Once the domain of science-fiction authors and script writers, artificial intelligence is steadily marching into the real world. Recently we've seen the technology do everything from reading lips better than the experts to playing in a poker tournament and trouncing its human competition.
But while it seems everyone is jumping on the AI bandwagon (or should that be futuristic car?), we were wondering just how advanced the technology really is. So we put a question to Igal Raichelgauz, the founder of Cortica, an image-recognition company that relies on AI technology to thrive: Why is artificial intelligence still kind of dumb?
Here's what he had to say.
AI will always lack full intelligence, since there is no practical limit to the information it can take in. While human beings are limited by our biological hardware and the natural design process of our evolution, AI can theoretically continue to scale and gain intelligence without limits. The real limitation of artificial intelligence's "intelligence" is our ability produce it. That said, the intelligence of AI today in completing multiple tasks is by far inferior to the intelligence of humans and other biological organisms.
For example, despite the significant progress of deep learning during the last five years, these systems have not come close to the ability of a person in understanding images. AI systems produce non-intelligent false-positives, are unable to understand contextual information, and are not sufficiently granular. There are, of course, other tasks such as number crunching, playing chess, and mastering GO, where the AI of today beats human capacity. But the fact remains that AI falls short in the most trivial of tasks for humans –interacting with the physical world and perceiving natural signals – indicating that AI systems are simply powerful computing machines with a misleading title.
For AI to achieve human-level intelligence, the most important milestone is to excel in the fundamental tasks where human-beings have been excelling for thousands of years. Visual understanding and the ability to navigate the physical world intelligently, therefore, are more proper benchmarks for this milestone than playing poker. Matching human-level intelligence in these kinds of natural tasks will bring AI infinitely close to surpassing our intelligence.
To understand the gap that still stands in the way of reaching this milestone, we must look at the differences between biological systems and deep-learning technology.
Creators of machine-learning AI boast that machines can learn and process data on their own. But in actuality, machine-learning technologies follow a top-down approach that prohibits them from doing anything on their own.
In top-down architectures, first the system undergoes training – its algorithm is developed and shown enormous labeled data sets. Only then can it apply this knowledge to new data. Deep-learning systems are fed with labeled training data until they can successfully spit out the desired output variables of new data. The machine is told when it gets the answer right until it can successfully extrapolate that knowledge. Deep-learning machines are built using algorithms with numerous layers that process data using many levels of abstraction. These top-down systems have accomplished great feats, but their reliance on training makes them complex machines, not intelligent ones.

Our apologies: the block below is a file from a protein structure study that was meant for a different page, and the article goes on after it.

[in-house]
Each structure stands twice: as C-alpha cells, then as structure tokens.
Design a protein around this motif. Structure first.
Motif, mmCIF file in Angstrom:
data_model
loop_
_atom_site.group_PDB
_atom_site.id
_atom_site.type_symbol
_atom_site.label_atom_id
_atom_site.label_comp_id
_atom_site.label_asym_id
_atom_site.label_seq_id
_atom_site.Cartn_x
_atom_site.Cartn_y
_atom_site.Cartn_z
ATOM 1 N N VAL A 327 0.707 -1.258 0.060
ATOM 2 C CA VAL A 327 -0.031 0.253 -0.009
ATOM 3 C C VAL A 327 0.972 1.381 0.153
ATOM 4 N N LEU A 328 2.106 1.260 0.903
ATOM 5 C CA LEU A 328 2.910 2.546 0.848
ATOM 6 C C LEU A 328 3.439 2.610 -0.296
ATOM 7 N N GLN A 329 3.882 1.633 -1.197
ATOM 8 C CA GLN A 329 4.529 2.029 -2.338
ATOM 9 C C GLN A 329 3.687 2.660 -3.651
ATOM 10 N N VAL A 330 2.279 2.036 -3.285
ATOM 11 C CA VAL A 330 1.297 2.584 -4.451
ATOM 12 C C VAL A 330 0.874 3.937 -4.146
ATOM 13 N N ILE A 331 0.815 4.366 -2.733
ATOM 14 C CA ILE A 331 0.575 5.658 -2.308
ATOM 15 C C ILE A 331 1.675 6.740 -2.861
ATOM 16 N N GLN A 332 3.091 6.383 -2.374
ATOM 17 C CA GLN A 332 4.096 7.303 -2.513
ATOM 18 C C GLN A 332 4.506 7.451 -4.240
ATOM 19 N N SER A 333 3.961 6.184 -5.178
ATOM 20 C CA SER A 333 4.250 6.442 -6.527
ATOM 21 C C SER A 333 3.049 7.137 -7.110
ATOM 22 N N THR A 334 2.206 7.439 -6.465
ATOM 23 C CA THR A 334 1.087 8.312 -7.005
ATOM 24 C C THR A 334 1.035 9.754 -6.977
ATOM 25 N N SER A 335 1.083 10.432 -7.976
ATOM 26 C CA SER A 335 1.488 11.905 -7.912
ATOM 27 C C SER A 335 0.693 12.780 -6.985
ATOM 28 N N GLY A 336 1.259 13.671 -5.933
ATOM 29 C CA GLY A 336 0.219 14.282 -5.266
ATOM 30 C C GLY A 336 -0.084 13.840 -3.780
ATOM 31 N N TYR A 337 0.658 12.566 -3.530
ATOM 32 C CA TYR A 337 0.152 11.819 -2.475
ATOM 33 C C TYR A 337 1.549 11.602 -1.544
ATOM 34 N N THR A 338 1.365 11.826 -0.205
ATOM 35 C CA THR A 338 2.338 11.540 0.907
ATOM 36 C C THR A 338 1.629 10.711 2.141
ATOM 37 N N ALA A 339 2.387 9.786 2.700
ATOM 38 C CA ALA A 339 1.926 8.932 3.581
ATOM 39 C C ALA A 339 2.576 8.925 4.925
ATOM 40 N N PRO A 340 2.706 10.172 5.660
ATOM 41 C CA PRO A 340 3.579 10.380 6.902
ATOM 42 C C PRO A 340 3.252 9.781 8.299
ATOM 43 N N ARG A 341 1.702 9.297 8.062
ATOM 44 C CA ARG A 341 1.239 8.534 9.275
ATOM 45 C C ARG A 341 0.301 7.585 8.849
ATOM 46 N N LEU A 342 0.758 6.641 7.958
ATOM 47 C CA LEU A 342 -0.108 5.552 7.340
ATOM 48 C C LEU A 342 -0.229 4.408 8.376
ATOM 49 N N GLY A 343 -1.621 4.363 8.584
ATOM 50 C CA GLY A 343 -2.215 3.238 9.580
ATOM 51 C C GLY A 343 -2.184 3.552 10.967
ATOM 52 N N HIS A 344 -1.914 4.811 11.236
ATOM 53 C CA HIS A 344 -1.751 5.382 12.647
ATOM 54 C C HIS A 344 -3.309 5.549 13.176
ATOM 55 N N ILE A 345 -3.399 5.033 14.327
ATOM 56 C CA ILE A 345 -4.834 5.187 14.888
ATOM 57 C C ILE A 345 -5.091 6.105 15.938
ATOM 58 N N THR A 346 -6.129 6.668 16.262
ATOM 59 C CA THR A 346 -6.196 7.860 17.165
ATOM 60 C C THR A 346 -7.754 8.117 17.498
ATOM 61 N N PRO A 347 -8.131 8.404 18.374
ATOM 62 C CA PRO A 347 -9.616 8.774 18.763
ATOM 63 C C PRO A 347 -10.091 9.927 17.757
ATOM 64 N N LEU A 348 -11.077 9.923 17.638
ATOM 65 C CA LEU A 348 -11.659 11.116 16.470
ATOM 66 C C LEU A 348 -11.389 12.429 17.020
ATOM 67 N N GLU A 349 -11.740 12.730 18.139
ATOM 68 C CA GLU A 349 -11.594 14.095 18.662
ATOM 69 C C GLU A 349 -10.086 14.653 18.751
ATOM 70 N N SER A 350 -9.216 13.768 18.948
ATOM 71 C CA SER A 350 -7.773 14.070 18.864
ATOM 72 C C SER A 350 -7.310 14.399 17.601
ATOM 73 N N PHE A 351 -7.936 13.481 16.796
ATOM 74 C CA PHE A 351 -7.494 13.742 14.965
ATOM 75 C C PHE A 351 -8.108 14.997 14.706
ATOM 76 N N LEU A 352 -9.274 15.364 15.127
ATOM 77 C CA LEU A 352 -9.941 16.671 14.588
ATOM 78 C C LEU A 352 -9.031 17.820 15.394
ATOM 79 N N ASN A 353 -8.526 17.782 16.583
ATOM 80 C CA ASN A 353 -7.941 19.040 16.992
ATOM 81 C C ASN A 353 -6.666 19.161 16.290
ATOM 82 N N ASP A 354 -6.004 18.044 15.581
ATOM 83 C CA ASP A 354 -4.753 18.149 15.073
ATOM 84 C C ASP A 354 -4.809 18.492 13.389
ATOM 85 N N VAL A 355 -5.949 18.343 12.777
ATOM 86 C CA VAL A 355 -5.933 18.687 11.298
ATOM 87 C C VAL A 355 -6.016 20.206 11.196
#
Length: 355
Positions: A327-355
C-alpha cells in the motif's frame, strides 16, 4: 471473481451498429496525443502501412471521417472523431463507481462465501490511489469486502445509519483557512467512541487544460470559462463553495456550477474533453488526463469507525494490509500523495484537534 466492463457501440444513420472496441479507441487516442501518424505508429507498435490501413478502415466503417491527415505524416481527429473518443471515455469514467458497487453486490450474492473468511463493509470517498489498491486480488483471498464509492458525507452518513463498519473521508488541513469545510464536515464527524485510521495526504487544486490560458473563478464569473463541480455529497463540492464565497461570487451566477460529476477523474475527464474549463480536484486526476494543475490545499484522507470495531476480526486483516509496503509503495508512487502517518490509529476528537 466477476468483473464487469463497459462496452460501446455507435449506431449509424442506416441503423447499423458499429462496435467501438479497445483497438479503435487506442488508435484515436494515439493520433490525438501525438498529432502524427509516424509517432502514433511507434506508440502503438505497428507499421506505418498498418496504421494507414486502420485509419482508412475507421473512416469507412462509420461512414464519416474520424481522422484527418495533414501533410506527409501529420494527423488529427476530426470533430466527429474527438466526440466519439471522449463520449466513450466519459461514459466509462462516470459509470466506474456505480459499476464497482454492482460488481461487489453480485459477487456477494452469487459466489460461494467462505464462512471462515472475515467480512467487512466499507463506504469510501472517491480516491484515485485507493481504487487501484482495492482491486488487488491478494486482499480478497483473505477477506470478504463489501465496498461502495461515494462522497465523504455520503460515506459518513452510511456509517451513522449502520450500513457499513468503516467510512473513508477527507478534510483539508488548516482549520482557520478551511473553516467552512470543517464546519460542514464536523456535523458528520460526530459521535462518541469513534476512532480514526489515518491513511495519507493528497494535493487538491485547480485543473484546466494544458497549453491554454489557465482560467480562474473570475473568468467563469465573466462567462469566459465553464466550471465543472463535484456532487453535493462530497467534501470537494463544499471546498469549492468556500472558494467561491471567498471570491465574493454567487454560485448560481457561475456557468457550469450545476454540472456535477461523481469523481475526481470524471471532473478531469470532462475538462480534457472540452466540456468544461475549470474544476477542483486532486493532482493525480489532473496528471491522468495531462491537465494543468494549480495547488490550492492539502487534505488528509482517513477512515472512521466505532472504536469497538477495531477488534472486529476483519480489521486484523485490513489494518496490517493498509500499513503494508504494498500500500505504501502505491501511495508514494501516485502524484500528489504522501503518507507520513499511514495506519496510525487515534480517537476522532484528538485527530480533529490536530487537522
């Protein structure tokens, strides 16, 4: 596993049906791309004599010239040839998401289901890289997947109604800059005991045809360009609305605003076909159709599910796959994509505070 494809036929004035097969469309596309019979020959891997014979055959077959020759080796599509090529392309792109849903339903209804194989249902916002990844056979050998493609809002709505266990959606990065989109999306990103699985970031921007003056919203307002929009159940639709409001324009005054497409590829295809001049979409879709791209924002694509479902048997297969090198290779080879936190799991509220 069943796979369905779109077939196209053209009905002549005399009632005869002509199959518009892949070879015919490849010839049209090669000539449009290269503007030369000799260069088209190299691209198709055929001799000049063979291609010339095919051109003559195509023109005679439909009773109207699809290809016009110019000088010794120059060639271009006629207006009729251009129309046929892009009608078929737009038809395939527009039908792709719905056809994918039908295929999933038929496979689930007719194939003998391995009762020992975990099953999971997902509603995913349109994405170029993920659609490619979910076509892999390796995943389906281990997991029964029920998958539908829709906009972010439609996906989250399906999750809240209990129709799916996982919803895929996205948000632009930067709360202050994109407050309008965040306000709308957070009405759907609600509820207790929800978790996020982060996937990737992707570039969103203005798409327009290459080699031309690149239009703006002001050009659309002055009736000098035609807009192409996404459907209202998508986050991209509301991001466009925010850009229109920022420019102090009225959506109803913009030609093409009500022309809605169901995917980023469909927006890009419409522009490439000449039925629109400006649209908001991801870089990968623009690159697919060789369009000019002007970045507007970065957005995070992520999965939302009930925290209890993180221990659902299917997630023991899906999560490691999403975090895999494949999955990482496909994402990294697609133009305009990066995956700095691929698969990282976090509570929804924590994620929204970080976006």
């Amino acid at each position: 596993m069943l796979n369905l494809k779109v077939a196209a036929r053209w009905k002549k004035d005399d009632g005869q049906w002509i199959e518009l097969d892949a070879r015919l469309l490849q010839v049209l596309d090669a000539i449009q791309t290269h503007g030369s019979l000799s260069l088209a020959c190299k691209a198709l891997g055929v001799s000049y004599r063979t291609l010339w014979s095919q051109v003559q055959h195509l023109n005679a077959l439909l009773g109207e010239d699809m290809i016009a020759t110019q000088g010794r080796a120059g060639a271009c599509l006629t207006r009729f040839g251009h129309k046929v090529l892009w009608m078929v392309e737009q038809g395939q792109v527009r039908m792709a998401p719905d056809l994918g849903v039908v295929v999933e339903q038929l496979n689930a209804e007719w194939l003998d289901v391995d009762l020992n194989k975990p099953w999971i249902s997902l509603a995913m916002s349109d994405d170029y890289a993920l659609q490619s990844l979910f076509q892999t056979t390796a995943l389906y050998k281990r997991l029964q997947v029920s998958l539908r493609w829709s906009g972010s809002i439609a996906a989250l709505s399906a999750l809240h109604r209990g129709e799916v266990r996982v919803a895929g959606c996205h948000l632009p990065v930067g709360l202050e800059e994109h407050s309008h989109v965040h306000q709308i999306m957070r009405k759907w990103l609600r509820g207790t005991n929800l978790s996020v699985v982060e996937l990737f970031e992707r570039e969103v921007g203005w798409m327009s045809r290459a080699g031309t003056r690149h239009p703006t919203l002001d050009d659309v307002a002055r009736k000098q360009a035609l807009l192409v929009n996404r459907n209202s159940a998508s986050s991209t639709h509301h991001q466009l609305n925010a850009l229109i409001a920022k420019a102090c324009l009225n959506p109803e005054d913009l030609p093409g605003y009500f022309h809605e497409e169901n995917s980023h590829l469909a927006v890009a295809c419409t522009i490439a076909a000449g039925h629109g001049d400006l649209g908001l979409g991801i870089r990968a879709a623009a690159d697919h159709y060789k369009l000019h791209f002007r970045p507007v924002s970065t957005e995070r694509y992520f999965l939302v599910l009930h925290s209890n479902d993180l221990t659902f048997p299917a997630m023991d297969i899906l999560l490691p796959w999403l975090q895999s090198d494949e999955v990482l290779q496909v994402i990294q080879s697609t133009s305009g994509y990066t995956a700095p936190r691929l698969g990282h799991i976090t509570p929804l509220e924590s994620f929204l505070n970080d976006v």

Most of the learning that humans do happens without supervision. From the day they're born, children learn to navigate the world by constantly absorbing the plethora of information to which they're exposed and learning to make sense of it. To possess the broadest definition of intelligence, machines must mimic the way humans learn and understand – bottom-up. Without training, parameters, or data sets, their algorithms and structures will be able to absorb data, process it, and build their own functions for understanding it. Following logical learning patterns, intelligent machines are those that can understand and learn by generalizing, contextualizing, and utilizing creativity on their own.
Before co-founding Cortica, I joined a team of neuroscientists and engineers at the Israel Institute of Technology's Technion, aiming to understand how the cortex functions and engineer a machine that could mimic this process. While our instinct was to throw as much computational power at such a complicated problem, the decision to limit the number of layers in our system proved successful in building unsupervised learning and computer-vision AI.
Today, Cortica's system can differentiate on its own, create clusters of like-data, and then label them using information that already exists on the web. The onset of truly intelligent technology will fundamentally improve the way we drive some of the most important technological innovations and will allow us to leverage the seemingly endless amount of visual data that exists.
If AI is developed to mimic human processes, then it could indeed surpass human intelligence. There is no reason to limit it from developing its own, more superior AI, but we must give it the correct architecture to do so.
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